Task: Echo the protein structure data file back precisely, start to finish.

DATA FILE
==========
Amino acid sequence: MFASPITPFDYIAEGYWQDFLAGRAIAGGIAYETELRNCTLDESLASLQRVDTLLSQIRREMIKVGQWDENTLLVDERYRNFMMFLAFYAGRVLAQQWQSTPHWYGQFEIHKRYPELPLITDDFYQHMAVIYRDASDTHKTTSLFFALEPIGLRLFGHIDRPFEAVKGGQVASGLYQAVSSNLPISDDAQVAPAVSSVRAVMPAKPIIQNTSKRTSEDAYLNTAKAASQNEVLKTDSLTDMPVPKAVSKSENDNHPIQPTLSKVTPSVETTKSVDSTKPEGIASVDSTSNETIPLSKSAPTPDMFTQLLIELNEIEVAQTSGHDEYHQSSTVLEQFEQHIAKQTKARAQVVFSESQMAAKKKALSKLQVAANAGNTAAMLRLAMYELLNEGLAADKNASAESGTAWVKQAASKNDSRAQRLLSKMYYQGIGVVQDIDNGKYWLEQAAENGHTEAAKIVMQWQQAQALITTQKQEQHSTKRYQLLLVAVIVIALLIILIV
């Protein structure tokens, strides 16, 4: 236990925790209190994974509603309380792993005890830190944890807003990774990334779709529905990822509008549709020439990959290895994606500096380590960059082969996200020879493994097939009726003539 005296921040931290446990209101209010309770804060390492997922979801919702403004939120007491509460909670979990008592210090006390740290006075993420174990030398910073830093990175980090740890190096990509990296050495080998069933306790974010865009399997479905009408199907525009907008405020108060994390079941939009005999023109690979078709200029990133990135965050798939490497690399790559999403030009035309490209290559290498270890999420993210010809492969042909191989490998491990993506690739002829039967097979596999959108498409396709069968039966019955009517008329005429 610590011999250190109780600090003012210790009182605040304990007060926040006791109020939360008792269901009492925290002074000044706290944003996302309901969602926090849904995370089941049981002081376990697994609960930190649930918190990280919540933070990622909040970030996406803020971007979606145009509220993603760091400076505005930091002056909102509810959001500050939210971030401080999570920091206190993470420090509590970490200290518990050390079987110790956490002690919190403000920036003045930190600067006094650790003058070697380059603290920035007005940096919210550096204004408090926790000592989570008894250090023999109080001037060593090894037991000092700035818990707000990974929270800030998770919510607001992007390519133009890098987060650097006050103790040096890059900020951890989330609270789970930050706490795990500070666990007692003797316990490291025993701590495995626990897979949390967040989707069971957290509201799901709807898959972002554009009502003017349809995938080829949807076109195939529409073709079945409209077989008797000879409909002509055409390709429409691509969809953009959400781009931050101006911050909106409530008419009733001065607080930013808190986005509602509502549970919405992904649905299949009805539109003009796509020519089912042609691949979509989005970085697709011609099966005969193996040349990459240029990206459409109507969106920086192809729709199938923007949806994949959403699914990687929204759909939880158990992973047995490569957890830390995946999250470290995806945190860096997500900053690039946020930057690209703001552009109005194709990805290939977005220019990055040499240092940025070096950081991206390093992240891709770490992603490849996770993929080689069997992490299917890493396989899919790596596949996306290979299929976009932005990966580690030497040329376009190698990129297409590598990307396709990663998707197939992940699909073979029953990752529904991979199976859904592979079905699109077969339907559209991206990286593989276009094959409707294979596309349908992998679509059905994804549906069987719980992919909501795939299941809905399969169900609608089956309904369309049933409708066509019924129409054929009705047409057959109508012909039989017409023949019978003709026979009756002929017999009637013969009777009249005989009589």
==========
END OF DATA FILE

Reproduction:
Amino acid sequence: MFASPITPFDYIAEGYWQDFLAGRAIAGGIAYETELRNCTLDESLASLQRVDTLLSQIRREMIKVGQWDENTLLVDERYRNFMMFLAFYAGRVLAQQWQSTPHWYGQFEIHKRYPELPLITDDFYQHMAVIYRDASDTHKTTSLFFALEPIGLRLFGHIDRPFEAVKGGQVASGLYQAVSSNLPISDDAQVAPAVSSVRAVMPAKPIIQNTSKRTSEDAYLNTAKAASQNEVLKTDSLTDMPVPKAVSKSENDNHPIQPTLSKVTPSVETTKSVDSTKPEGIASVDSTSNETIPLSKSAPTPDMFTQLLIELNEIEVAQTSGHDEYHQSSTVLEQFEQHIAKQTKARAQVVFSESQMAAKKKALSKLQVAANAGNTAAMLRLAMYELLNEGLAADKNASAESGTAWVKQAASKNDSRAQRLLSKMYYQGIGVVQDIDNGKYWLEQAAENGHTEAAKIVMQWQQAQALITTQKQEQHSTKRYQLLLVAVIVIALLIILIV
């Protein structure tokens, strides 16, 4: 236990925790209190994974509603309380792993005890830190944890807003990774990334779709529905990822509008549709020439990959290895994606500096380590960059082969996200020879493994097939009726003539 005296921040931290446990209101209010309770804060390492997922979801919702403004939120007491509460909670979990008592210090006390740290006075993420174990030398910073830093990175980090740890190096990509990296050495080998069933306790974010865009399997479905009408199907525009907008405020108060994390079941939009005999023109690979078709200029990133990135965050798939490497690399790559999403030009035309490209290559290498270890999420993210010809492969042909191989490998491990993506690739002829039967097979596999959108498409396709069968039966019955009517008329005429 610590011999250190109780600090003012210790009182605040304990007060926040006791109020939360008792269901009492925290002074000044706290944003996302309901969602926090849904995370089941049981002081376990697994609960930190649930918190990280919540933070990622909040970030996406803020971007979606145009509220993603760091400076505005930091002056909102509810959001500050939210971030401080999570920091206190993470420090509590970490200290518990050390079987110790956490002690919190403000920036003045930190600067006094650790003058070697380059603290920035007005940096919210550096204004408090926790000592989570008894250090023999109080001037060593090894037991000092700035818990707000990974929270800030998770919510607001992007390519133009890098987060650097006050103790040096890059900020951890989330609270789970930050706490795990500070666990007692003797316990490291025993701590495995626990897979949390967040989707069971957290509201799901709807898959972002554009009502003017349809995938080829949807076109195939529409073709079945409209077989008797000879409909002509055409390709429409691509969809953009959400781009931050101006911050909106409530008419009733001065607080930013808190986005509602509502549970919405992904649905299949009805539109003009796509020519089912042609691949979509989005970085697709011609099966005969193996040349990459240029990206459409109507969106920086192809729709199938923007949806994949959403699914990687929204759909939880158990992973047995490569957890830390995946999250470290995806945190860096997500900053690039946020930057690209703001552009109005194709990805290939977005220019990055040499240092940025070096950081991206390093992240891709770490992603490849996770993929080689069997992490299917890493396989899919790596596949996306290979299929976009932005990966580690030497040329376009190698990129297409590598990307396709990663998707197939992940699909073979029953990752529904991979199976859904592979079905699109077969339907559209991206990286593989276009094959409707294979596309349908992998679509059905994804549906069987719980992919909501795939299941809905399969169900609608089956309904369309049933409708066509019924129409054929009705047409057959109508012909039989017409023949019978003709026979009756002929017999009637013969009777009249005989009589």